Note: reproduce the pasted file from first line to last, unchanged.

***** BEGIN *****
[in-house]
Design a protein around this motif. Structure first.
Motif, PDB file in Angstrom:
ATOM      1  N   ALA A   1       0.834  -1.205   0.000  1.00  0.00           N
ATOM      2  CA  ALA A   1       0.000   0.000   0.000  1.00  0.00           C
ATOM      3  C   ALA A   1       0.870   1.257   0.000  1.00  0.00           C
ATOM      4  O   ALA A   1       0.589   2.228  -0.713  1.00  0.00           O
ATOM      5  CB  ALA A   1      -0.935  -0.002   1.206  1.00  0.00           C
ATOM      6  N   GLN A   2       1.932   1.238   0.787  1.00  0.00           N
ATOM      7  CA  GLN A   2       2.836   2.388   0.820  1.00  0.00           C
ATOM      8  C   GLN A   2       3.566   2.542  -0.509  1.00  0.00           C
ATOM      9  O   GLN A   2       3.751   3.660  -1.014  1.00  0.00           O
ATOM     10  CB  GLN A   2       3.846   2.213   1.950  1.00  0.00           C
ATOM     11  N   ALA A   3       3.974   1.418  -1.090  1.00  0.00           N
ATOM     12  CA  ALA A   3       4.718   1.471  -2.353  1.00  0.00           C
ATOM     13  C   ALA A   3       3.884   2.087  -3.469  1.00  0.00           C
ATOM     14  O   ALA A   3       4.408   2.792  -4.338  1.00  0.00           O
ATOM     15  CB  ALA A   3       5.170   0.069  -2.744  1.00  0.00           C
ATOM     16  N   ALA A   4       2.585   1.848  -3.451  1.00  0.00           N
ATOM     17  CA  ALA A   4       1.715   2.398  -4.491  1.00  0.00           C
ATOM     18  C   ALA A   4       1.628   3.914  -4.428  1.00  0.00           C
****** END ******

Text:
[in-house]
Design a protein around this motif. Structure first.
Motif, PDB file in Angstrom:
ATOM      1  N   ALA A   1       0.834  -1.205   0.000  1.00  0.00           N
ATOM      2  CA  ALA A   1       0.000   0.000   0.000  1.00  0.00           C
ATOM      3  C   ALA A   1       0.870   1.257   0.000  1.00  0.00           C
ATOM      4  O   ALA A   1       0.589   2.228  -0.713  1.00  0.00           O
ATOM      5  CB  ALA A   1      -0.935  -0.002   1.206  1.00  0.00           C
ATOM      6  N   GLN A   2       1.932   1.238   0.787  1.00  0.00           N
ATOM      7  CA  GLN A   2       2.836   2.388   0.820  1.00  0.00           C
ATOM      8  C   GLN A   2       3.566   2.542  -0.509  1.00  0.00           C
ATOM      9  O   GLN A   2       3.751   3.660  -1.014  1.00  0.00           O
ATOM     10  CB  GLN A   2       3.846   2.213   1.950  1.00  0.00           C
ATOM     11  N   ALA A   3       3.974   1.418  -1.090  1.00  0.00           N
ATOM     12  CA  ALA A   3       4.718   1.471  -2.353  1.00  0.00           C
ATOM     13  C   ALA A   3       3.884   2.087  -3.469  1.00  0.00           C
ATOM     14  O   ALA A   3       4.408   2.792  -4.338  1.00  0.00           O
ATOM     15  CB  ALA A   3       5.170   0.069  -2.744  1.00  0.00           C
ATOM     16  N   ALA A   4       2.585   1.848  -3.451  1.00  0.00           N
ATOM     17  CA  ALA A   4       1.715   2.398  -4.491  1.00  0.00           C
ATOM     18  C   ALA A   4       1.628   3.914  -4.428  1.00  0.00           C